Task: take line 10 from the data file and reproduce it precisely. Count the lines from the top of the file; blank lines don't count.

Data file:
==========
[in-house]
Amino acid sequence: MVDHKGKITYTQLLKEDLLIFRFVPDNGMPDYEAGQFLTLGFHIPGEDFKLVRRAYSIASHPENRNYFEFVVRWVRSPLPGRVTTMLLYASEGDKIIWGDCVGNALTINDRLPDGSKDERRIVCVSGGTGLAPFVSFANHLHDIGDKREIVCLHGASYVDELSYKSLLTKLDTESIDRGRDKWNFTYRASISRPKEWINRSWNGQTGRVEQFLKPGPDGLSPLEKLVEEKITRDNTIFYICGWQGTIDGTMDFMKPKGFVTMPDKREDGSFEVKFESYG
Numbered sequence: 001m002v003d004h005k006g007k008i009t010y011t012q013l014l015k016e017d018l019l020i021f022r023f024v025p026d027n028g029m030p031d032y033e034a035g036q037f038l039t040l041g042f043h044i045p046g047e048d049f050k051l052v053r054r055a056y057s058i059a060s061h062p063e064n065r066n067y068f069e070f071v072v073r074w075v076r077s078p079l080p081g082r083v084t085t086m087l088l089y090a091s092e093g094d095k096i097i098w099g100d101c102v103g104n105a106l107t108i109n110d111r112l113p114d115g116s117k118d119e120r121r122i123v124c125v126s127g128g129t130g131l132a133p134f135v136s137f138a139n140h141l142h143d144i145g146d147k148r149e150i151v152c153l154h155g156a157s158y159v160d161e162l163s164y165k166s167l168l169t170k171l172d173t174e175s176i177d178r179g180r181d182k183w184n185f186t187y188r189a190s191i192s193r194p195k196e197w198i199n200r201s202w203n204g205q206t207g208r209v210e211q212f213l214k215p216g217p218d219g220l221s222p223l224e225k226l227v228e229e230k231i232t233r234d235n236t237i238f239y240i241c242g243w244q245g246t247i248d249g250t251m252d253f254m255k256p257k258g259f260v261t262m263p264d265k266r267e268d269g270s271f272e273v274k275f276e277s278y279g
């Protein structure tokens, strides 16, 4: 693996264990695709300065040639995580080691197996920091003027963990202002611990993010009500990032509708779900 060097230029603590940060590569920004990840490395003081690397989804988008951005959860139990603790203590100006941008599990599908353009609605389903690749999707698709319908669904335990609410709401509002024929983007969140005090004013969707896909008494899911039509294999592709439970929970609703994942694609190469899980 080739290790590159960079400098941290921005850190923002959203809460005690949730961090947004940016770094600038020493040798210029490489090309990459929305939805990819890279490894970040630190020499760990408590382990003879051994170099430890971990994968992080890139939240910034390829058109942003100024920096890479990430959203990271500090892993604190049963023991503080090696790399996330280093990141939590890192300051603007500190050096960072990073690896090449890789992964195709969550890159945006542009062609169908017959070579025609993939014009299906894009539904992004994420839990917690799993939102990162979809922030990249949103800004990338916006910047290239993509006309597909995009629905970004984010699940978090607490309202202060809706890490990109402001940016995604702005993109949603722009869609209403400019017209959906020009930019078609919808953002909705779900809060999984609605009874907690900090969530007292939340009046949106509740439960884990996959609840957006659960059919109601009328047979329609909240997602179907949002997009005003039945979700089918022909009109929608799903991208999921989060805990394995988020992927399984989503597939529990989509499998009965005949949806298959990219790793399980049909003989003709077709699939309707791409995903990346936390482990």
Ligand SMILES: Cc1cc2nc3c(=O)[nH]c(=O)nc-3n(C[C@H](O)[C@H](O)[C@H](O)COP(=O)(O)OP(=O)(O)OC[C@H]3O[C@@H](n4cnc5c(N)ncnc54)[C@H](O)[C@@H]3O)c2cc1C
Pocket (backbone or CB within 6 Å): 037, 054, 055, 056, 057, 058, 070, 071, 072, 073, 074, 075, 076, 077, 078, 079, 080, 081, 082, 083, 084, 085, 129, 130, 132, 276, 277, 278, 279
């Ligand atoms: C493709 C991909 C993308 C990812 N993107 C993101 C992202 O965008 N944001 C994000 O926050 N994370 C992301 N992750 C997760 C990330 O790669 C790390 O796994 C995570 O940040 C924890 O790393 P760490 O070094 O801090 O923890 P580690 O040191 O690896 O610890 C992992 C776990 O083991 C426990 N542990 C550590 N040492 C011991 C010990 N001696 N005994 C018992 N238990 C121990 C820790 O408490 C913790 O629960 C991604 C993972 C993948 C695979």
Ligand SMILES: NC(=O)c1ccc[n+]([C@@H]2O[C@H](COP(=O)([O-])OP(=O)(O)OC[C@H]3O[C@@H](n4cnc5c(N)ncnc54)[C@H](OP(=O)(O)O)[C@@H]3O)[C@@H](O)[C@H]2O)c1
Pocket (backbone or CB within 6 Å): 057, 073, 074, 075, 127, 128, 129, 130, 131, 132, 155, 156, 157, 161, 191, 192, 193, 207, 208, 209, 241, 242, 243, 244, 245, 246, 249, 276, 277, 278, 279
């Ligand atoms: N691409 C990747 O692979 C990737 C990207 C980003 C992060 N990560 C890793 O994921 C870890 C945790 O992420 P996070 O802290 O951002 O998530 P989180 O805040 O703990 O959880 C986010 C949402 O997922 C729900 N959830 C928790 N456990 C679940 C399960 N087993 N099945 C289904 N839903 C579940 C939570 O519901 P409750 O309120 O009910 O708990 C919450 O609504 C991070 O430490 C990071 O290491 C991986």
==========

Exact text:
């Ligand atoms: N691409 C990747 O692979 C990737 C990207 C980003 C992060 N990560 C890793 O994921 C870890 C945790 O992420 P996070 O802290 O951002 O998530 P989180 O805040 O703990 O959880 C986010 C949402 O997922 C729900 N959830 C928790 N456990 C679940 C399960 N087993 N099945 C289904 N839903 C579940 C939570 O519901 P409750 O309120 O009910 O708990 C919450 O609504 C991070 O430490 C990071 O290491 C991986």